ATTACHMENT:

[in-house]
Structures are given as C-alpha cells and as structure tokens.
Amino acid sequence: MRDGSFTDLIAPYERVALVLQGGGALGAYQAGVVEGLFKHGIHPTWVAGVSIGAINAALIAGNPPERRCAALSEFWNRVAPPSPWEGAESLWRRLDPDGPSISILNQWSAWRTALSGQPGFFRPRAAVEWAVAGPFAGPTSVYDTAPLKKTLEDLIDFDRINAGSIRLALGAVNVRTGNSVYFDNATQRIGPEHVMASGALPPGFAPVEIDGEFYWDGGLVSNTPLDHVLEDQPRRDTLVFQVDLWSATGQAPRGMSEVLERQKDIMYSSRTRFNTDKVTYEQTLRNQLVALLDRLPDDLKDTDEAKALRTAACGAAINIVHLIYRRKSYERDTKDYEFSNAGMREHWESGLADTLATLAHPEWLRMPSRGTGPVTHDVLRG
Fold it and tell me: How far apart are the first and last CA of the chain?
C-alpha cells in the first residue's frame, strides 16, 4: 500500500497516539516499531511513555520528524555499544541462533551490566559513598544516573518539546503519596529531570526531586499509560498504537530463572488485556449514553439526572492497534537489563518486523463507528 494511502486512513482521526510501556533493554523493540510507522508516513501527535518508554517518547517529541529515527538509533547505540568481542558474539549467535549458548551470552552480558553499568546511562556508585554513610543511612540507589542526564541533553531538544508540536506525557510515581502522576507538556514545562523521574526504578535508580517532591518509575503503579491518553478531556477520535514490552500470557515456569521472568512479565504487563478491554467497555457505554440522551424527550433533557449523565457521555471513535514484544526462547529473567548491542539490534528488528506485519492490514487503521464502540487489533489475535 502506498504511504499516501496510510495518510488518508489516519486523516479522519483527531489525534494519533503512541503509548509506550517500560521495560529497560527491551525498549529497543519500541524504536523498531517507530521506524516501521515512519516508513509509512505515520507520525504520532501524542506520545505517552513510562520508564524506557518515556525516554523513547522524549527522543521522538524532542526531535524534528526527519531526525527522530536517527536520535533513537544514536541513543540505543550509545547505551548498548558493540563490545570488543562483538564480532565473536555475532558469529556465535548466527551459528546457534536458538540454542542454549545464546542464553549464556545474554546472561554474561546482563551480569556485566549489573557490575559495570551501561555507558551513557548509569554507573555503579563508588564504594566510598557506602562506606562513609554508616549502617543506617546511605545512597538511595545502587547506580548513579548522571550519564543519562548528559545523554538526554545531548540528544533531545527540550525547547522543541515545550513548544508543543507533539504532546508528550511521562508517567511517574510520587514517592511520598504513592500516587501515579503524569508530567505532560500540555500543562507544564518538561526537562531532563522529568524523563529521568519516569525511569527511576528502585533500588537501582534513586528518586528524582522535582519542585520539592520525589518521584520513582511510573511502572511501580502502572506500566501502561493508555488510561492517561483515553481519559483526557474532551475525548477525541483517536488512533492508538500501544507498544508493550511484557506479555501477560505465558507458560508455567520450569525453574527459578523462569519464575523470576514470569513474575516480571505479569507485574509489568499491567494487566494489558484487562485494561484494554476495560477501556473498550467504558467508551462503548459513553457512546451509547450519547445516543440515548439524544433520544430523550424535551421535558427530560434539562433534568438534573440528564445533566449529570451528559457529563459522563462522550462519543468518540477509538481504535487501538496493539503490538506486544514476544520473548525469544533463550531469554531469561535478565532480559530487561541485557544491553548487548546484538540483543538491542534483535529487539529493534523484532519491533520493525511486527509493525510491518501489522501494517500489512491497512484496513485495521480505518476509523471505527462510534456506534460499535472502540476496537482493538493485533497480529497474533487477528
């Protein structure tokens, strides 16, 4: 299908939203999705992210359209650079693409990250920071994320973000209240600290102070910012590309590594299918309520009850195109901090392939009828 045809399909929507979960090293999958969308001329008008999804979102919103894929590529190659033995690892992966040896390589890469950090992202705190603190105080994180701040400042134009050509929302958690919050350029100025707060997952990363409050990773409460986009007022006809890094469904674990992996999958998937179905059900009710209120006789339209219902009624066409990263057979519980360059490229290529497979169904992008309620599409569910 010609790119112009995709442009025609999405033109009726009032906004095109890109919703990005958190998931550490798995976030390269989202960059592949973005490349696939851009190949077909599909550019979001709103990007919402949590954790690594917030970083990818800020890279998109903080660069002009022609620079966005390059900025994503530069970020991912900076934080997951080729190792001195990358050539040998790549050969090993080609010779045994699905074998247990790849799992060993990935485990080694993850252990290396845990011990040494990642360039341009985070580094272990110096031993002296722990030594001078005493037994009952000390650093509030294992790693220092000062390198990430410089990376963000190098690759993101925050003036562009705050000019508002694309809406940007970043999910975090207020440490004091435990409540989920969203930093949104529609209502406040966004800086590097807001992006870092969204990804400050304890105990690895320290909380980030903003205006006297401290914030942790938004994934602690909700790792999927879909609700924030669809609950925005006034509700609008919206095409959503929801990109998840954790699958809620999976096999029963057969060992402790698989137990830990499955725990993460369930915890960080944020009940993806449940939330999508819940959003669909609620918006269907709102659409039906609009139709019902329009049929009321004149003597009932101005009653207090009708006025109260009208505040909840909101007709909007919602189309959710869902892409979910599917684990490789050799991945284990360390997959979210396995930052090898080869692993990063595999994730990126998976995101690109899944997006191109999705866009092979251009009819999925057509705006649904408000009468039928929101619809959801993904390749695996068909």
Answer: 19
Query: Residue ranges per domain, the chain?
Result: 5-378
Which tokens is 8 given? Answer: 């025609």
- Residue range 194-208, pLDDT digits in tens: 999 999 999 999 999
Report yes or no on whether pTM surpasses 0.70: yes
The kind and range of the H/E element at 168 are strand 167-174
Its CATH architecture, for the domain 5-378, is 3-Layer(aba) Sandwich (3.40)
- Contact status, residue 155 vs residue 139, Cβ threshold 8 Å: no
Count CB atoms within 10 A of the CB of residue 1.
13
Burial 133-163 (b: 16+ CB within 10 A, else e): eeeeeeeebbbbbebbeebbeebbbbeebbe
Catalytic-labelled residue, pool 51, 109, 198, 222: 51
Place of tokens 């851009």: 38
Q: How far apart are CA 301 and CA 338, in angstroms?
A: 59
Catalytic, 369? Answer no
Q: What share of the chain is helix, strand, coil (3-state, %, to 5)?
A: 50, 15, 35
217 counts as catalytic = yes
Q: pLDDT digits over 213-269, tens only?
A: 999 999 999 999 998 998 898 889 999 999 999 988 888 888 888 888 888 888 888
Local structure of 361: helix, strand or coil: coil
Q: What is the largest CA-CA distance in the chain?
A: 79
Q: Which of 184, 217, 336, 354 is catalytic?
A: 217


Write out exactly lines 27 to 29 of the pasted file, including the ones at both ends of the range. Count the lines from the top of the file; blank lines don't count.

Q: pLDDT digits over 213-269, tens only?
A: 999 999 999 999 998 998 898 889 999 999 999 988 888 888 888 888 888 888 888
Local structure of 361: helix, strand or coil: coil